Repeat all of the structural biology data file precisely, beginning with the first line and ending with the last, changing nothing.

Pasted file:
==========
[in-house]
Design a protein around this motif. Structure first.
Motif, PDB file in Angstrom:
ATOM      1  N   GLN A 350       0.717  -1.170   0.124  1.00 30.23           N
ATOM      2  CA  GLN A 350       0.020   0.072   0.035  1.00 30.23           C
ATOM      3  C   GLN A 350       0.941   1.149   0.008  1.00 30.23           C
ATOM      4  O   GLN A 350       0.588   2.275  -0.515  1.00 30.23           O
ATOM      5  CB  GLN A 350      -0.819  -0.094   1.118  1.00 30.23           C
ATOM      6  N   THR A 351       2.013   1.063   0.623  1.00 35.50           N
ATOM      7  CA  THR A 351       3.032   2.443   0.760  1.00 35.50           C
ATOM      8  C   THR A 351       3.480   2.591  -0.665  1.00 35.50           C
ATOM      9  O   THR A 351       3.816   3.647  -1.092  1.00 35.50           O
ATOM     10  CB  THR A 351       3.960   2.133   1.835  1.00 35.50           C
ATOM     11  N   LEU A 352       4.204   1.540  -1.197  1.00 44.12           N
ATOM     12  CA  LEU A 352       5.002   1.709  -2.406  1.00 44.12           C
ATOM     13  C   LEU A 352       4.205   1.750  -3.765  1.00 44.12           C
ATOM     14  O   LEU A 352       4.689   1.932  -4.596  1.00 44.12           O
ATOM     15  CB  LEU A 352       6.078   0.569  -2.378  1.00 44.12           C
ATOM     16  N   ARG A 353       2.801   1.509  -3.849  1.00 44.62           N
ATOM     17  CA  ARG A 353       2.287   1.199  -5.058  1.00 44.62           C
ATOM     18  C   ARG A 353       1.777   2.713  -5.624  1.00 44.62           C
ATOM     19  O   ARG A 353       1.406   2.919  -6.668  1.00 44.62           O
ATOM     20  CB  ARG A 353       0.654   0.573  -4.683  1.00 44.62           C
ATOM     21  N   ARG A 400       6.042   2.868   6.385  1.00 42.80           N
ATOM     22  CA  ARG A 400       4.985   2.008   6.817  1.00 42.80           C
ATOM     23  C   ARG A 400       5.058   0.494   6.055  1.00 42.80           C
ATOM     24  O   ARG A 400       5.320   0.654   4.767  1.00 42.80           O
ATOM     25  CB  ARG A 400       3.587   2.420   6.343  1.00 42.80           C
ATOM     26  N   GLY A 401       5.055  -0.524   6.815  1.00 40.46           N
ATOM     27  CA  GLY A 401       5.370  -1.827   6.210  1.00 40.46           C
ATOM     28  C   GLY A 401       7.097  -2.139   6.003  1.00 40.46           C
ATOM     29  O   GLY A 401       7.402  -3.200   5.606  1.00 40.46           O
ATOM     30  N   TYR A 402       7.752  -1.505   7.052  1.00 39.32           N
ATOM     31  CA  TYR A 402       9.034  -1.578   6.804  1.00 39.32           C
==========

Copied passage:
[in-house]
Design a protein around this motif. Structure first.
Motif, PDB file in Angstrom:
ATOM      1  N   GLN A 350       0.717  -1.170   0.124  1.00 30.23           N
ATOM      2  CA  GLN A 350       0.020   0.072   0.035  1.00 30.23           C
ATOM      3  C   GLN A 350       0.941   1.149   0.008  1.00 30.23           C
ATOM      4  O   GLN A 350       0.588   2.275  -0.515  1.00 30.23           O
ATOM      5  CB  GLN A 350      -0.819  -0.094   1.118  1.00 30.23           C
ATOM      6  N   THR A 351       2.013   1.063   0.623  1.00 35.50           N
ATOM      7  CA  THR A 351       3.032   2.443   0.760  1.00 35.50           C
ATOM      8  C   THR A 351       3.480   2.591  -0.665  1.00 35.50           C
ATOM      9  O   THR A 351       3.816   3.647  -1.092  1.00 35.50           O
ATOM     10  CB  THR A 351       3.960   2.133   1.835  1.00 35.50           C
ATOM     11  N   LEU A 352       4.204   1.540  -1.197  1.00 44.12           N
ATOM     12  CA  LEU A 352       5.002   1.709  -2.406  1.00 44.12           C
ATOM     13  C   LEU A 352       4.205   1.750  -3.765  1.00 44.12           C
ATOM     14  O   LEU A 352       4.689   1.932  -4.596  1.00 44.12           O
ATOM     15  CB  LEU A 352       6.078   0.569  -2.378  1.00 44.12           C
ATOM     16  N   ARG A 353       2.801   1.509  -3.849  1.00 44.62           N
ATOM     17  CA  ARG A 353       2.287   1.199  -5.058  1.00 44.62           C
ATOM     18  C   ARG A 353       1.777   2.713  -5.624  1.00 44.62           C
ATOM     19  O   ARG A 353       1.406   2.919  -6.668  1.00 44.62           O
ATOM     20  CB  ARG A 353       0.654   0.573  -4.683  1.00 44.62           C
ATOM     21  N   ARG A 400       6.042   2.868   6.385  1.00 42.80           N
ATOM     22  CA  ARG A 400       4.985   2.008   6.817  1.00 42.80           C
ATOM     23  C   ARG A 400       5.058   0.494   6.055  1.00 42.80           C
ATOM     24  O   ARG A 400       5.320   0.654   4.767  1.00 42.80           O
ATOM     25  CB  ARG A 400       3.587   2.420   6.343  1.00 42.80           C
ATOM     26  N   GLY A 401       5.055  -0.524   6.815  1.00 40.46           N
ATOM     27  CA  GLY A 401       5.370  -1.827   6.210  1.00 40.46           C
ATOM     28  C   GLY A 401       7.097  -2.139   6.003  1.00 40.46           C
ATOM     29  O   GLY A 401       7.402  -3.200   5.606  1.00 40.46           O
ATOM     30  N   TYR A 402       7.752  -1.505   7.052  1.00 39.32           N
ATOM     31  CA  TYR A 402       9.034  -1.578   6.804  1.00 39.32           C